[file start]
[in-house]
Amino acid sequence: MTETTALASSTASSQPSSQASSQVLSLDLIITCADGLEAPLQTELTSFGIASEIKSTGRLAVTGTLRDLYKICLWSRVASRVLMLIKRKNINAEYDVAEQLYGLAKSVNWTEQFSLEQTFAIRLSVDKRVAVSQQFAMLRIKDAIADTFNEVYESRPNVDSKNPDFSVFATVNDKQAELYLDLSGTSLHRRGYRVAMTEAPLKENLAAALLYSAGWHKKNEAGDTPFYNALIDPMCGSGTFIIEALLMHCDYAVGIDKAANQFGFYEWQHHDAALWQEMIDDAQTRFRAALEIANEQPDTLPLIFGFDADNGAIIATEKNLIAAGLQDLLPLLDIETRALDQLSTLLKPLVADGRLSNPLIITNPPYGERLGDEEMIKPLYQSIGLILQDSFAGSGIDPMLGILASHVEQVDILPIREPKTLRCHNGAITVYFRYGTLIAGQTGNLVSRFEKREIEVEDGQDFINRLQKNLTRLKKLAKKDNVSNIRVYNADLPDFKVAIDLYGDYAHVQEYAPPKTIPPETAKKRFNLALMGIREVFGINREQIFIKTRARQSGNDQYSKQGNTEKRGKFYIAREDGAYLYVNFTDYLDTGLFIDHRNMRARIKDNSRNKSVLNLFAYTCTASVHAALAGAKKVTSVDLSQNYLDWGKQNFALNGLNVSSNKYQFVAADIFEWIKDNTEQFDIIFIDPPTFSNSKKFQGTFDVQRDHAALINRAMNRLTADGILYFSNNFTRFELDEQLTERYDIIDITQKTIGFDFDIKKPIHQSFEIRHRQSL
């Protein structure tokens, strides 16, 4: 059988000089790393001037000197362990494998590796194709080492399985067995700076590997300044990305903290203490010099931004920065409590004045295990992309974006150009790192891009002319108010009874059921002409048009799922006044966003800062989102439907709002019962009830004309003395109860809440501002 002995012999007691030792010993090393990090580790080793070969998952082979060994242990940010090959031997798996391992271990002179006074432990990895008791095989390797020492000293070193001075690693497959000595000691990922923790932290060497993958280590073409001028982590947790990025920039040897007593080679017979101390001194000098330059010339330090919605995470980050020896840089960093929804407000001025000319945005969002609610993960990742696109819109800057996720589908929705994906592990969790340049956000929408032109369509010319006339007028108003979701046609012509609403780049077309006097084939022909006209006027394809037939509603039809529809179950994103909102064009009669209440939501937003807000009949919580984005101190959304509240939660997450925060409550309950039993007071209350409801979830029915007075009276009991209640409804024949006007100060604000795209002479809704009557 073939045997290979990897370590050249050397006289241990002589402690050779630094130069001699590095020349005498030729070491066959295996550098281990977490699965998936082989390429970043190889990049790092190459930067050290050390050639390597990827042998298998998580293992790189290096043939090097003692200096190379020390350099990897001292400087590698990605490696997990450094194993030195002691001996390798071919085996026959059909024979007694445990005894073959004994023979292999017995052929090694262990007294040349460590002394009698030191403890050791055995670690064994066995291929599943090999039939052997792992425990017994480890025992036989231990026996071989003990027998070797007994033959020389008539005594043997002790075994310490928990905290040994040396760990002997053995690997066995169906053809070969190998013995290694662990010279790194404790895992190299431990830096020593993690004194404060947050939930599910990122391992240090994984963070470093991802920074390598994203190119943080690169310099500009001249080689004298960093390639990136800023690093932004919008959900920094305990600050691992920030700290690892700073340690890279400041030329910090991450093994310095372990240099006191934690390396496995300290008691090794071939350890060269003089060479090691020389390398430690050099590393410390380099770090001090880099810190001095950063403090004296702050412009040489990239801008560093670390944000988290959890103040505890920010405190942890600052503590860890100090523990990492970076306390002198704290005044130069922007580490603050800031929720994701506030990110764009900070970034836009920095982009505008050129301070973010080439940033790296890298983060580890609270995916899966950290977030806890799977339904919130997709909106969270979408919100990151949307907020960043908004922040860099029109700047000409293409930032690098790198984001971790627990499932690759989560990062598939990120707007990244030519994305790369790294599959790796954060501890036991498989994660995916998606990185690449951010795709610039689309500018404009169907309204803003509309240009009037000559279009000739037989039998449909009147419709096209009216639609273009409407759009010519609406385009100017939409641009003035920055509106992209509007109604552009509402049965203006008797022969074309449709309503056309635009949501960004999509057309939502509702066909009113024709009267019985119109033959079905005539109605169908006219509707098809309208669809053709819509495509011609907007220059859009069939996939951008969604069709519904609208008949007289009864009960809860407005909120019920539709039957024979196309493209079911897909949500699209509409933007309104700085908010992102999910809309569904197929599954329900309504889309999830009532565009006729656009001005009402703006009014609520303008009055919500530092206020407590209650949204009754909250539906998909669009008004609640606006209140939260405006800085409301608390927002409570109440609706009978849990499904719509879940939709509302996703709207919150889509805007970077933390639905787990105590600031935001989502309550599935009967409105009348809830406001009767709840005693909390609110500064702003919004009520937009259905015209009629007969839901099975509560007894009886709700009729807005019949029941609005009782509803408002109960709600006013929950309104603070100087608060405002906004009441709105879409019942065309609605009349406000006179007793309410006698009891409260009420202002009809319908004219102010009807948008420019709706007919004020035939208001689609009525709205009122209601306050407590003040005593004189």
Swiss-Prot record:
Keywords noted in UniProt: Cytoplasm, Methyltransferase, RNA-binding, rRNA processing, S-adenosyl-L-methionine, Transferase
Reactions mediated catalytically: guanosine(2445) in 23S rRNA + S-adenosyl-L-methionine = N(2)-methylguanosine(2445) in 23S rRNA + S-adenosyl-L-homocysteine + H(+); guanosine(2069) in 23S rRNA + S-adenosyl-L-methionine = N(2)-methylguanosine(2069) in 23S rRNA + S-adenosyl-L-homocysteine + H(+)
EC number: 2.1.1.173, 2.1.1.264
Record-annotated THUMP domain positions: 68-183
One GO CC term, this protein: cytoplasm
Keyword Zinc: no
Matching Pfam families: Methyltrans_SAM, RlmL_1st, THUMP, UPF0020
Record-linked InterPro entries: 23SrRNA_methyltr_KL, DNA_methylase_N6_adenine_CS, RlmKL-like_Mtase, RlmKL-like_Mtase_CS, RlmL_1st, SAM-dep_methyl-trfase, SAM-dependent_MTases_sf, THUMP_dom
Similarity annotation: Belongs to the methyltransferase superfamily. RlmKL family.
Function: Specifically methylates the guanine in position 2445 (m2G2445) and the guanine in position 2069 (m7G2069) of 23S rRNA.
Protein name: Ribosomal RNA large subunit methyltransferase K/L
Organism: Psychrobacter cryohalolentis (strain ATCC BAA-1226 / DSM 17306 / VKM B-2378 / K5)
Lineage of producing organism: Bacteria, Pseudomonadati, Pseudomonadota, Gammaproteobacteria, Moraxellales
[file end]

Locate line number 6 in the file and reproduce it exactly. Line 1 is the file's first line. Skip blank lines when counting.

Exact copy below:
Reactions mediated catalytically: guanosine(2445) in 23S rRNA + S-adenosyl-L-methionine = N(2)-methylguanosine(2445) in 23S rRNA + S-adenosyl-L-homocysteine + H(+); guanosine(2069) in 23S rRNA + S-adenosyl-L-methionine = N(2)-methylguanosine(2069) in 23S rRNA + S-adenosyl-L-homocysteine + H(+)